Posts Tagged ‘La Provence’

The Sixties as we all know were the years that changed society radically, or, as this new hors-series from La Provence explains, ont mis le monde cul par-dessus tête.

There were the worldwide events: the first man on the moon, the Vietnam war, the Algerian conflict, the assassinations of JFK, Che and Martin Luther King;  there was the explosion of music, the sexual revolution, and political action on the streets; and meanwhile the consumer society was tempting us with telephones, washing machines, short skirts, cars, record-players, 45s and colour TVs.

But what was happening down here in Provence?

All of the above was having an effect of course, as elsewhere in Europe, but the magazine shows some startling areas of change, especially in Marseille which was changing fast.

The tunnel under the Vieux Port was opened in December 1967, after 4 years work.  It replaced the old transporter bridge which carried 200 passengers and 1 vehicle across in a minute and a half.  The new tunnel was capable of handling 100,000 vehicles a day.

A little further along the coast, the corniche JFK was under construction, a road widening from 6m to 23.5m from the plage des Catalans to the Prado; it also incorporated a long concrete seat and pedestrian promenade stretching for 3km.

The Parc Borely area – today a park with cafés and play areas and sandy beaches – was a camping site just across the road from a narrow rocky shore line.  Leading into town the autoroute Nord was extended, in 1967, to reach the Porte d’Aix; interesting that today massive roadworks are taking place, a marche arriere, to liberate the Porte d’Aix from all the polluting traffic.

I was astonished to read that Marseille had a bull-ring (see photo); this closed in 1962.  Also astonishing the condition of the lovely Vieille Charité which, having been a barracks, was squatted and in an appalling state. The restoration started in 1968 and the building today houses a museum and galleries for temporary expos.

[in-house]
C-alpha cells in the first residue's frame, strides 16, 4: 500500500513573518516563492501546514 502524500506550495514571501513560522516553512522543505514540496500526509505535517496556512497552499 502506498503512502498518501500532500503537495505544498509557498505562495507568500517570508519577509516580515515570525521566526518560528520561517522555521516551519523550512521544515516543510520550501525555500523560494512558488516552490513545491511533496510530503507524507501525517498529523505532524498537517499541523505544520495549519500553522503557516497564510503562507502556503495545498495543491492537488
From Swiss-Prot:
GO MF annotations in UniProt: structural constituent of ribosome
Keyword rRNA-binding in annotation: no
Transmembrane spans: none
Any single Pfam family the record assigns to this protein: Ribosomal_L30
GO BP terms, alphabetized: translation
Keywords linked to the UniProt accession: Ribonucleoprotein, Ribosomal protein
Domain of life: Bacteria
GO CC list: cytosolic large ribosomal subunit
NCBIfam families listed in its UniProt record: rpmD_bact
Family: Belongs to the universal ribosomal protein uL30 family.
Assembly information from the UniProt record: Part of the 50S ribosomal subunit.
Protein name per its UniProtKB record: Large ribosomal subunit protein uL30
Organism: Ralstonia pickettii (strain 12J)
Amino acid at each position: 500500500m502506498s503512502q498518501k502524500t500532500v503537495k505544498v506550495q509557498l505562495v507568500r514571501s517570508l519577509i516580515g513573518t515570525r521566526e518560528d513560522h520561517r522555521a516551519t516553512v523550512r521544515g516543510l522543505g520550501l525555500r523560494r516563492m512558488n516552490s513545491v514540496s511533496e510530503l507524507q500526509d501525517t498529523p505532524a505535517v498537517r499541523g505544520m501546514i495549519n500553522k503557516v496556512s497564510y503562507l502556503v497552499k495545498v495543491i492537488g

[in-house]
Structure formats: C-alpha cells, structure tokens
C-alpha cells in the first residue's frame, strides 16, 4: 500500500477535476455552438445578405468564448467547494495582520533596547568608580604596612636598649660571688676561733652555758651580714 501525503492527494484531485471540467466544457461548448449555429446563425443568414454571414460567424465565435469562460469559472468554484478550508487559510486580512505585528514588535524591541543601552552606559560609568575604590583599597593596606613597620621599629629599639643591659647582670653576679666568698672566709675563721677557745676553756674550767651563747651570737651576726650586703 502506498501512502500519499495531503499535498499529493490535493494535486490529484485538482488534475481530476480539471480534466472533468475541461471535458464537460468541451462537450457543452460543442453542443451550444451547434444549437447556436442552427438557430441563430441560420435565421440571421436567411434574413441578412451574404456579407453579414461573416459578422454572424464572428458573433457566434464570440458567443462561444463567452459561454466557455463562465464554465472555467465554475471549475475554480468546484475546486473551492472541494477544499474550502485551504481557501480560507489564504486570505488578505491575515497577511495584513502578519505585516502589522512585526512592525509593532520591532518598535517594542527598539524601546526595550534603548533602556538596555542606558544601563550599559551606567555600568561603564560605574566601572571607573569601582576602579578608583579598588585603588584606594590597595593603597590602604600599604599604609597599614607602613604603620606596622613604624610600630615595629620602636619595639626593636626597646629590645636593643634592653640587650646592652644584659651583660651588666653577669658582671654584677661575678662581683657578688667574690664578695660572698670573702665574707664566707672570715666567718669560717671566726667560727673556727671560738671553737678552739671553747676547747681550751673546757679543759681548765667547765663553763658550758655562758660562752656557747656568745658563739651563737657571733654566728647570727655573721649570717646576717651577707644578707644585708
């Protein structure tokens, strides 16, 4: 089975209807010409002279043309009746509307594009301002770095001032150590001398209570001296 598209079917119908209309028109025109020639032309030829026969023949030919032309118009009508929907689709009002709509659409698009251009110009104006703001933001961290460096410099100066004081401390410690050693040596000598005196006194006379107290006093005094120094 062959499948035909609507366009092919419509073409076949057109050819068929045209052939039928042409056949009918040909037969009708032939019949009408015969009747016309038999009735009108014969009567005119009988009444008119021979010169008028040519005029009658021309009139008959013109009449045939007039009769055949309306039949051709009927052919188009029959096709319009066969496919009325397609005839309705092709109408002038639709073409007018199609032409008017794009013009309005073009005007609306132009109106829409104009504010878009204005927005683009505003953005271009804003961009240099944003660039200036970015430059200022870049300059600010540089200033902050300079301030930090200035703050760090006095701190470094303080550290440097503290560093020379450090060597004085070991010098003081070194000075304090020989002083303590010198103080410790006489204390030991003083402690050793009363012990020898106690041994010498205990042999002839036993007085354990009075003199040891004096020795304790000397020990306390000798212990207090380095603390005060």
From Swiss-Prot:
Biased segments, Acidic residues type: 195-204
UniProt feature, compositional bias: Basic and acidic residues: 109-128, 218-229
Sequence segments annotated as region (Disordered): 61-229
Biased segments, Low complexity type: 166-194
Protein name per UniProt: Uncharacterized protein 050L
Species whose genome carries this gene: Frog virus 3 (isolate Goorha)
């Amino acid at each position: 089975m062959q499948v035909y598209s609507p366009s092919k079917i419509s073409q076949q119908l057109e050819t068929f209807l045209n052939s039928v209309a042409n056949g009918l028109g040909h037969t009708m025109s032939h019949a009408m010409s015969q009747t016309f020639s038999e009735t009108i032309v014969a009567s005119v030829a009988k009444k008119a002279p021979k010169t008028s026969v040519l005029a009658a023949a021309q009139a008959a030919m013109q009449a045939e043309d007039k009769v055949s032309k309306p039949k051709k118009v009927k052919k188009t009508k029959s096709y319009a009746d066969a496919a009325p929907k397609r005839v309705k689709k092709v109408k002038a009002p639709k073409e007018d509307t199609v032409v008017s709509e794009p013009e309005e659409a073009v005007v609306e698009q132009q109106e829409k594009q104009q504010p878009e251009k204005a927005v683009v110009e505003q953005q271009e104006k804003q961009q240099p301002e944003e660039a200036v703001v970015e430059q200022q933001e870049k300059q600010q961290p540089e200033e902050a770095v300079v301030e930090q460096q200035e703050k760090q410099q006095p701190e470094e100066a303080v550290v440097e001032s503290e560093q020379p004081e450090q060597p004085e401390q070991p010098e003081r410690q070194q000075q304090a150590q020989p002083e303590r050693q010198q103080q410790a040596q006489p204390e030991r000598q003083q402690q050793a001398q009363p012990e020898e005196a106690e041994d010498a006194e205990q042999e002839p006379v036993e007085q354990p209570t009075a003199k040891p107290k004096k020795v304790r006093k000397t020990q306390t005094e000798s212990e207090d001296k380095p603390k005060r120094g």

The lovely cours d’Estienne d’Orves was filled, in 1965, with a nasty concrete multistorey car-park which thankfully got demolished 20 years later.  Now the square is full of sunny café terraces and the cars are all underground.

Here is a link to some more photos of 60s Marseille:


The magazine covers lots of other interesting things: favourite names of the 60s (Philippe and Nathalie), the building of Marseille Airport, the impact of the 1968 protests in Provence, the growth of Cadarache, the digging of the Canal de Provence, the death of Tommy Simpson on Mont Ventoux – so much.  It’s 2,80€ which has to be the bargain of the week!

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The best way to chill your rosé, I learn from ‘A Table’, La Provence’s latest publication, is to tie a string around its neck and drag it through the sea from the back of your boat.  And here’s me faffing around with a fridge all these years!  But much of the advice in the magazine is pertinent:

There’s a listing of the region’s top rosés, including choices from local sommeliers but also usefully listing the top 3 from each of the usual supermarkets eg Carrefour’s best rosés etc.

Foodwise, there’s advice on how to put together a truly Provençal cheese-platter – Brousse du Rove, Tome d’Arles, Petit chevre frais, Picodon and Banon – plus tips on putting together a good picnic.

There are reviews of the region’s ’10 restos trendy’ and their verdict on which hotel is best for eating – Mama Shelter or the Radisson Blu.  (The former gets a limited thumbs up but the reviewer wasn’t enthusiastic about either……)

A good read – at kiosks from this weekend, 2€80.

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